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Immaculata students look for new schools

First came shock and grief. Now comes the scramble for a new school.

More than 130 current and incoming students at Immaculata Academy and their families are looking for a new high school in the fall, after the school announced it would close after 88 years of educating young women.

The closing could affect public schools in Hamburg and nearby towns, as well as Catholic and private high schools such as Mount Mercy Academy in South Buffalo, the closest all-girls Catholic high school to the school on South Park Avenue.

“The students are all exploring their options,” said Kimberlee Marciniak, director of marketing and communications for the school.

The school has invited representatives from Catholic and private schools to come to a meeting later this month. Each school will have 15 to 20 minutes to explain their programs to students and their parents, Marciniak said. Members of what was to be the incoming freshman class also are invited to the information evening. The school sent acceptance letters to eighth-graders in January.

“People are trying to get plans in order for next year,” she said. “We’re seeing interest all over the place.”

Students come from throughout the area, but many live in the Southtowns.

Mount Mercy Academy on Red Jacket Parkway in Buffalo can accommodate all the girls at Immaculata, said President Margaret M. Cronin.

“We appreciate the sad time it is for them,” she said. “This first week, we’re doing a little balancing act. We want to respect they are in a grief process right now. We don’t want to come at them in this time of grief.”

But a number of families have contacted the school, and there are some students “shadowing” at Mount Mercy this week, she said. The school will do whatever the families need to make the transition as smooth as possible, she said.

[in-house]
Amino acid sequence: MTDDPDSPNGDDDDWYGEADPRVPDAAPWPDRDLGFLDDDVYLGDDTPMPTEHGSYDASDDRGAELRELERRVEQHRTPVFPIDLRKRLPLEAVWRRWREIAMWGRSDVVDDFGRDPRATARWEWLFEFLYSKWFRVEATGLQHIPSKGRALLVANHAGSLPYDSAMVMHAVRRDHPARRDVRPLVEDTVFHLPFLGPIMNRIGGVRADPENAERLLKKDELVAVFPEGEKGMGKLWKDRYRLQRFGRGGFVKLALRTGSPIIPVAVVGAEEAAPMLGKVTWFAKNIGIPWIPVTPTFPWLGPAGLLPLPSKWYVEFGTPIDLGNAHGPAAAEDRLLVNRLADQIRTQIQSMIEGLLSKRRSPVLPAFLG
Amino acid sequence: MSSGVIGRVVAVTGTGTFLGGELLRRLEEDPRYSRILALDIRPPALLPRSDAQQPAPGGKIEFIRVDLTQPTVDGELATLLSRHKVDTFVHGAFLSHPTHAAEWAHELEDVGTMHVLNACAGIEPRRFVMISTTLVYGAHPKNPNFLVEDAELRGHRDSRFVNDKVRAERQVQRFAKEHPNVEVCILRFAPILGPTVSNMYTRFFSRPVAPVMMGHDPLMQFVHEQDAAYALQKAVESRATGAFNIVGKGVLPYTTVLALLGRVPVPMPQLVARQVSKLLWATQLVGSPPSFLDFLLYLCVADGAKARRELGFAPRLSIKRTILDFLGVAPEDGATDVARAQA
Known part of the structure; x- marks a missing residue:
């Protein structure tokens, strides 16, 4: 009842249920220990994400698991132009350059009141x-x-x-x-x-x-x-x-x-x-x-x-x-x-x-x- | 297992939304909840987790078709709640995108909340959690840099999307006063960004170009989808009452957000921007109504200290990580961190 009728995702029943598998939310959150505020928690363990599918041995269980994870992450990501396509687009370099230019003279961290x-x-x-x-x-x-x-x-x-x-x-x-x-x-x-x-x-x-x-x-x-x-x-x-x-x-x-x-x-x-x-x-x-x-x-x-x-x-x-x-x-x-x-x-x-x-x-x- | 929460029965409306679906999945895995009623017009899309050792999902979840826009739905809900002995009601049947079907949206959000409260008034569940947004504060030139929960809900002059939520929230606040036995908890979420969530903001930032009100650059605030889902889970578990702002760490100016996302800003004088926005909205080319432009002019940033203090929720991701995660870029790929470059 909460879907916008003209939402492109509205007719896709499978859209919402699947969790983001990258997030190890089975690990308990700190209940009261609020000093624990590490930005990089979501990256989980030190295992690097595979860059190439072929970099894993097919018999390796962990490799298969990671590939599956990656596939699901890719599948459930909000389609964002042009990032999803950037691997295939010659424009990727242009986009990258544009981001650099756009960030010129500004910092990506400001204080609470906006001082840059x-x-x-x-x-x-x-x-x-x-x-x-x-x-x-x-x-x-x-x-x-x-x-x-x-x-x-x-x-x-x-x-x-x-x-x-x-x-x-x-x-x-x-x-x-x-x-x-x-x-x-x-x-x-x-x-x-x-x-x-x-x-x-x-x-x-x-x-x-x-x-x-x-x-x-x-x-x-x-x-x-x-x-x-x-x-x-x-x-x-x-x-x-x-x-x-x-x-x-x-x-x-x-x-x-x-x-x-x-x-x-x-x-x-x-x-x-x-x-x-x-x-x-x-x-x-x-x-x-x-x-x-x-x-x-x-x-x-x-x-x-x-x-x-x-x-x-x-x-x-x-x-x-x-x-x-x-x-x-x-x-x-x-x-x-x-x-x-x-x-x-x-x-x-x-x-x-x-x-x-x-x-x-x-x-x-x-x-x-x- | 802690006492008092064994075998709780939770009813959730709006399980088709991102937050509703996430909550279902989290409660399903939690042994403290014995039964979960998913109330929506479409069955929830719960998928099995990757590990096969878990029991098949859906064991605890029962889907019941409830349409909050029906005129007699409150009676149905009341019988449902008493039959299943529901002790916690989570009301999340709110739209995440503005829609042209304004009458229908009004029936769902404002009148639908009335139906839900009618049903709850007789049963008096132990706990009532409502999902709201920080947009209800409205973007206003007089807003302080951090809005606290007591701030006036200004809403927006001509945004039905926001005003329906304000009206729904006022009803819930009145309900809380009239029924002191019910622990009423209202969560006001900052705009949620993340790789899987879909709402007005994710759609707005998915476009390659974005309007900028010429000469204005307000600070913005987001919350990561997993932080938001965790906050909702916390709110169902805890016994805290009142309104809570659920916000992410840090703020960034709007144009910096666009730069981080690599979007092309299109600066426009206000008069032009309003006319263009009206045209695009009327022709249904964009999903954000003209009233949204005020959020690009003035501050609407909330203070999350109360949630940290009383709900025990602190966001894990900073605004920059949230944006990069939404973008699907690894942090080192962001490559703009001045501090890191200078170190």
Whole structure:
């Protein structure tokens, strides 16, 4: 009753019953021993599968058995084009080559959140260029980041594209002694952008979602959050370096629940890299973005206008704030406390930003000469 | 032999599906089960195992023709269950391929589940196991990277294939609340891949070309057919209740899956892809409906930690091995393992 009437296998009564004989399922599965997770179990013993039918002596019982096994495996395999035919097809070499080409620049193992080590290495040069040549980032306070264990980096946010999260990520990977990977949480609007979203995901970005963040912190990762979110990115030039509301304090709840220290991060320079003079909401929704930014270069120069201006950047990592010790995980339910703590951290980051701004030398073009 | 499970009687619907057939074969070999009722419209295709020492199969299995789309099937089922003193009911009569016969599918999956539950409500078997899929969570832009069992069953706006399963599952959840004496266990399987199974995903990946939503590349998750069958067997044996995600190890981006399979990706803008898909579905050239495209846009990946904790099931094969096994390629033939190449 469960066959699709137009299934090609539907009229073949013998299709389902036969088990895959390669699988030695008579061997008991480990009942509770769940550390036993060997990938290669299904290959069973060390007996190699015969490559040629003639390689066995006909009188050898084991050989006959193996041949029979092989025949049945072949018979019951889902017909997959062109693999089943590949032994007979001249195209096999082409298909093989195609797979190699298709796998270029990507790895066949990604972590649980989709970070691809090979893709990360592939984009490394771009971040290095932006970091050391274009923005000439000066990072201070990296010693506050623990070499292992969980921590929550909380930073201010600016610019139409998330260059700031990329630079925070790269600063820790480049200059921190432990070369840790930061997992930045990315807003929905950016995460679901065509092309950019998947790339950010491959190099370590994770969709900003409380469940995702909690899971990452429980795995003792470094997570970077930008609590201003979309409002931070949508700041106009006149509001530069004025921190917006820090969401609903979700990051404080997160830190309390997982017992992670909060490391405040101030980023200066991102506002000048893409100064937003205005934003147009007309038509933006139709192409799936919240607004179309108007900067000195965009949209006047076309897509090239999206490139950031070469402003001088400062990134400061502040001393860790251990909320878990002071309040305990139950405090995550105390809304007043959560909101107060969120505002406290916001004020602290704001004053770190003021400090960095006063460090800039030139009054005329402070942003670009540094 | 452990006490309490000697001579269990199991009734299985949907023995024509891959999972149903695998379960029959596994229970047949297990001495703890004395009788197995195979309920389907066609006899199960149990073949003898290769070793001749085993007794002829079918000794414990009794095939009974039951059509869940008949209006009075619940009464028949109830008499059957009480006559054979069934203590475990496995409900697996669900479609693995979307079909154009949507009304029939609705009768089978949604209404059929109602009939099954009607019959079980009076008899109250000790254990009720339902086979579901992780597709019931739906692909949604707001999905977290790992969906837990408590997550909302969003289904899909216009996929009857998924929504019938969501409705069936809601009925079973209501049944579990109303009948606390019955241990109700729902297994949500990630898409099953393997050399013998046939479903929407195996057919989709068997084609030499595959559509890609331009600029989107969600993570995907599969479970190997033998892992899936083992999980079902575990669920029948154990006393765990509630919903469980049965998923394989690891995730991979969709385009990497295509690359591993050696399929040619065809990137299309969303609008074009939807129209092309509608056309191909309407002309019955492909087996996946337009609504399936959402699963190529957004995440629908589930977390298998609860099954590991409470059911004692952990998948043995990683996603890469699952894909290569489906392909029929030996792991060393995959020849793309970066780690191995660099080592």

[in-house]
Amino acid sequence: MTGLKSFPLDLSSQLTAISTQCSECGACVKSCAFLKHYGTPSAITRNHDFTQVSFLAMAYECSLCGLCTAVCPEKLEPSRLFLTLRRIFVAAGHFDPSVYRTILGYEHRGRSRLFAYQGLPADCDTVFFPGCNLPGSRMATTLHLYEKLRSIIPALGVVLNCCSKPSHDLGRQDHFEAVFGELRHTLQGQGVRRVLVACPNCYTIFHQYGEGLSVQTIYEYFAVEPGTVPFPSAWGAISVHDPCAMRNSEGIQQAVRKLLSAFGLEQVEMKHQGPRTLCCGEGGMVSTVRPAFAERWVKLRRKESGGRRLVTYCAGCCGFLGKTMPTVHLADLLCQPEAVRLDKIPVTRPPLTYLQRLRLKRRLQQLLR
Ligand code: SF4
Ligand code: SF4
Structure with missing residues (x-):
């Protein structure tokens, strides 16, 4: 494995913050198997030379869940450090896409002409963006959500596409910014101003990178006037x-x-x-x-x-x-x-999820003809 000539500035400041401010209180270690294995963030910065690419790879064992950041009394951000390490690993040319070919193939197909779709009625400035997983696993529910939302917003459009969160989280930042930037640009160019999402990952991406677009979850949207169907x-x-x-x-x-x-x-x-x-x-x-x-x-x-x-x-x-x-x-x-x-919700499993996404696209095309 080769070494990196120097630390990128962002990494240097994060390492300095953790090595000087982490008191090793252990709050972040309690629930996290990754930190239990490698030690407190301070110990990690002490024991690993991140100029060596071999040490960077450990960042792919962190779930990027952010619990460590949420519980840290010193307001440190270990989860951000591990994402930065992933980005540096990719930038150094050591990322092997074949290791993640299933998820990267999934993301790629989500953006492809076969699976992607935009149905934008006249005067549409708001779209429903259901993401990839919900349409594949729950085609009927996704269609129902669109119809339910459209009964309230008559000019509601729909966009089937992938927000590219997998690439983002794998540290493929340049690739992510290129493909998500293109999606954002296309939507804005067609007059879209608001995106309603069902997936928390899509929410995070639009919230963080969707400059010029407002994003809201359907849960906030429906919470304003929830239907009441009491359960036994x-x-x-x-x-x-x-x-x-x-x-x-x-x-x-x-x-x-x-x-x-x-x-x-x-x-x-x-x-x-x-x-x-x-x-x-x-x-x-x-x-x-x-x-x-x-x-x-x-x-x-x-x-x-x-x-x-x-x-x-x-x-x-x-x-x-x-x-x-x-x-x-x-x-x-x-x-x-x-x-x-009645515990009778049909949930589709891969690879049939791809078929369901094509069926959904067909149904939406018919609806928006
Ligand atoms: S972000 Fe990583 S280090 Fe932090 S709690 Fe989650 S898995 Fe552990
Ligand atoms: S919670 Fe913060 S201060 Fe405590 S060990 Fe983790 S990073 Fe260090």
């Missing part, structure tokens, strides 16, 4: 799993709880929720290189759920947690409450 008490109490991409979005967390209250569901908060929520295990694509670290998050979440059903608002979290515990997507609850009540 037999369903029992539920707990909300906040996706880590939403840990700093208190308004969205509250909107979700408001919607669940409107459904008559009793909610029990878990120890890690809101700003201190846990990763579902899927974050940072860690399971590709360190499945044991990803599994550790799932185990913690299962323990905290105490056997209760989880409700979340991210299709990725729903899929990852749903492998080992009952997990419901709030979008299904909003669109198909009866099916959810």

“Immaculata and Mercy share a lot of the same values,” Cronin said. “We want to make sure both the girls and their families know they have a soft place to land.”

Frontier Central Superintendent Bret Apthorpe said there are 24 students living in the district who attend Immaculata, including three who are seniors and will be in the last graduating class of the school May 23.

Apthorpe said several parents have contacted the district’s transportation office to ask about busing to Mount Mercy.

Twenty to 30 girls from the nearby Hamburg Central School District attend Immaculata.

“I do feel bad for the families of Immaculata. I’m sure they feel an enormous sense of loss,” Hamburg Superintendent Michael Cornell said. “If any of them choose Hamburg, I hope we can positively affect their lives.”

Lake Shore Central transports 12 students to Immaculata. Superintendent James Przepasniak said the district is sending a letter to parents offering them the opportunity to visit the high school before they decide on plans for September.

Lake Shore, and most other districts, will bus students to a private school if it is within 15 miles of the student’s home. But requests for transportation are usually due in the spring, and districts may have different policies.

“I would advise parents to please check with their home district,” he said.